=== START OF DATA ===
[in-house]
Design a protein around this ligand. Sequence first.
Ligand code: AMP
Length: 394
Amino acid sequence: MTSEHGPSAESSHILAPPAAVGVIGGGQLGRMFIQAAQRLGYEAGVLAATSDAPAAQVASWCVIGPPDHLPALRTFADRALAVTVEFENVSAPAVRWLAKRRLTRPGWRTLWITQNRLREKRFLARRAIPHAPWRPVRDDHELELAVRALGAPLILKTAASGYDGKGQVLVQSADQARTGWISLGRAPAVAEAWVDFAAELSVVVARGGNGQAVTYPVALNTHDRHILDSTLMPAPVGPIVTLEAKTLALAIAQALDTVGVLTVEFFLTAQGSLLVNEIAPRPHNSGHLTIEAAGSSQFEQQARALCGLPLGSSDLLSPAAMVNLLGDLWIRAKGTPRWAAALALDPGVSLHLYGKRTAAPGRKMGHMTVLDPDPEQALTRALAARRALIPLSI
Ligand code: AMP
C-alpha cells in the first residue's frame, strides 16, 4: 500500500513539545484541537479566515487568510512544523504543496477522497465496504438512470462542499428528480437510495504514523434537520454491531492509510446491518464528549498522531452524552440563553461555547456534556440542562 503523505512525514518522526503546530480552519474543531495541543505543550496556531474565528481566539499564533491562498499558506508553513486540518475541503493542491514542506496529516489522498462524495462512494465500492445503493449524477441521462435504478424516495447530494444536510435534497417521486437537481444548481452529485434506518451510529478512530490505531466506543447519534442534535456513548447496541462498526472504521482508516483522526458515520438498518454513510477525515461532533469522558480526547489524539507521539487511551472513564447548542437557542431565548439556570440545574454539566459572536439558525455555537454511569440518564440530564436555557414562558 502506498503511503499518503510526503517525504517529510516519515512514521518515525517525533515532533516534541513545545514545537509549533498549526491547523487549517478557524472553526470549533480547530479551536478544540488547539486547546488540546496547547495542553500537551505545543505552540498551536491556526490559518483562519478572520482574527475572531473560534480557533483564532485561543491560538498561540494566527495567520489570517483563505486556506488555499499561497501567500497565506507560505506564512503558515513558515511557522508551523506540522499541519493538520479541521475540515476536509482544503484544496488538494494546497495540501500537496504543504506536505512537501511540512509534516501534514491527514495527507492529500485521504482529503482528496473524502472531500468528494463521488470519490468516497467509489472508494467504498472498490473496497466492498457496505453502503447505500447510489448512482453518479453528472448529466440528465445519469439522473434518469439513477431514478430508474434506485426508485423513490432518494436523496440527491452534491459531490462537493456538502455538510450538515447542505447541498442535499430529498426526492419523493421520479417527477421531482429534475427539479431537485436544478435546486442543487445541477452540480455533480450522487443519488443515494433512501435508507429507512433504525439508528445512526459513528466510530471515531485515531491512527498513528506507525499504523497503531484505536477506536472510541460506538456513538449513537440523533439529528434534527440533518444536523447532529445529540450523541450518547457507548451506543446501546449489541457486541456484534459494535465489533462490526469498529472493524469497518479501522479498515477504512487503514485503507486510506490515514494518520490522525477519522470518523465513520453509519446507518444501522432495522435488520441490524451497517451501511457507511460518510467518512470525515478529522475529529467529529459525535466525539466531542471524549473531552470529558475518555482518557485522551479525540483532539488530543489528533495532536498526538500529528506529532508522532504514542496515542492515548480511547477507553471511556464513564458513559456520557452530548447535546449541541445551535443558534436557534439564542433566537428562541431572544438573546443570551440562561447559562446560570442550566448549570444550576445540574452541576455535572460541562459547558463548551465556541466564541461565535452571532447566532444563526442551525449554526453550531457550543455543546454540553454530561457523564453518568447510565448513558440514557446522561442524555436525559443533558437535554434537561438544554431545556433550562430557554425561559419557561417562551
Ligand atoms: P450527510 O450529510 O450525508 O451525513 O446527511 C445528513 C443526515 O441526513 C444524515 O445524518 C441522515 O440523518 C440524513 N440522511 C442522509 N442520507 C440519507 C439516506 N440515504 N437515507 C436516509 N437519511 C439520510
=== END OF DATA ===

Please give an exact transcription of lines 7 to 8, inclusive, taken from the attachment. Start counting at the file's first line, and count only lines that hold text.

C-alpha cells in the first residue's frame, strides 16, 4: 500500500513539545484541537479566515487568510512544523504543496477522497465496504438512470462542499428528480437510495504514523434537520454491531492509510446491518464528549498522531452524552440563553461555547456534556440542562 503523505512525514518522526503546530480552519474543531495541543505543550496556531474565528481566539499564533491562498499558506508553513486540518475541503493542491514542506496529516489522498462524495462512494465500492445503493449524477441521462435504478424516495447530494444536510435534497417521486437537481444548481452529485434506518451510529478512530490505531466506543447519534442534535456513548447496541462498526472504521482508516483522526458515520438498518454513510477525515461532533469522558480526547489524539507521539487511551472513564447548542437557542431565548439556570440545574454539566459572536439558525455555537454511569440518564440530564436555557414562558 502506498503511503499518503510526503517525504517529510516519515512514521518515525517525533515532533516534541513545545514545537509549533498549526491547523487549517478557524472553526470549533480547530479551536478544540488547539486547546488540546496547547495542553500537551505545543505552540498551536491556526490559518483562519478572520482574527475572531473560534480557533483564532485561543491560538498561540494566527495567520489570517483563505486556506488555499499561497501567500497565506507560505506564512503558515513558515511557522508551523506540522499541519493538520479541521475540515476536509482544503484544496488538494494546497495540501500537496504543504506536505512537501511540512509534516501534514491527514495527507492529500485521504482529503482528496473524502472531500468528494463521488470519490468516497467509489472508494467504498472498490473496497466492498457496505453502503447505500447510489448512482453518479453528472448529466440528465445519469439522473434518469439513477431514478430508474434506485426508485423513490432518494436523496440527491452534491459531490462537493456538502455538510450538515447542505447541498442535499430529498426526492419523493421520479417527477421531482429534475427539479431537485436544478435546486442543487445541477452540480455533480450522487443519488443515494433512501435508507429507512433504525439508528445512526459513528466510530471515531485515531491512527498513528506507525499504523497503531484505536477506536472510541460506538456513538449513537440523533439529528434534527440533518444536523447532529445529540450523541450518547457507548451506543446501546449489541457486541456484534459494535465489533462490526469498529472493524469497518479501522479498515477504512487503514485503507486510506490515514494518520490522525477519522470518523465513520453509519446507518444501522432495522435488520441490524451497517451501511457507511460518510467518512470525515478529522475529529467529529459525535466525539466531542471524549473531552470529558475518555482518557485522551479525540483532539488530543489528533495532536498526538500529528506529532508522532504514542496515542492515548480511547477507553471511556464513564458513559456520557452530548447535546449541541445551535443558534436557534439564542433566537428562541431572544438573546443570551440562561447559562446560570442550566448549570444550576445540574452541576455535572460541562459547558463548551465556541466564541461565535452571532447566532444563526442551525449554526453550531457550543455543546454540553454530561457523564453518568447510565448513558440514557446522561442524555436525559443533558437535554434537561438544554431545556433550562430557554425561559419557561417562551
Ligand atoms: P450527510 O450529510 O450525508 O451525513 O446527511 C445528513 C443526515 O441526513 C444524515 O445524518 C441522515 O440523518 C440524513 N440522511 C442522509 N442520507 C440519507 C439516506 N440515504 N437515507 C436516509 N437519511 C439520510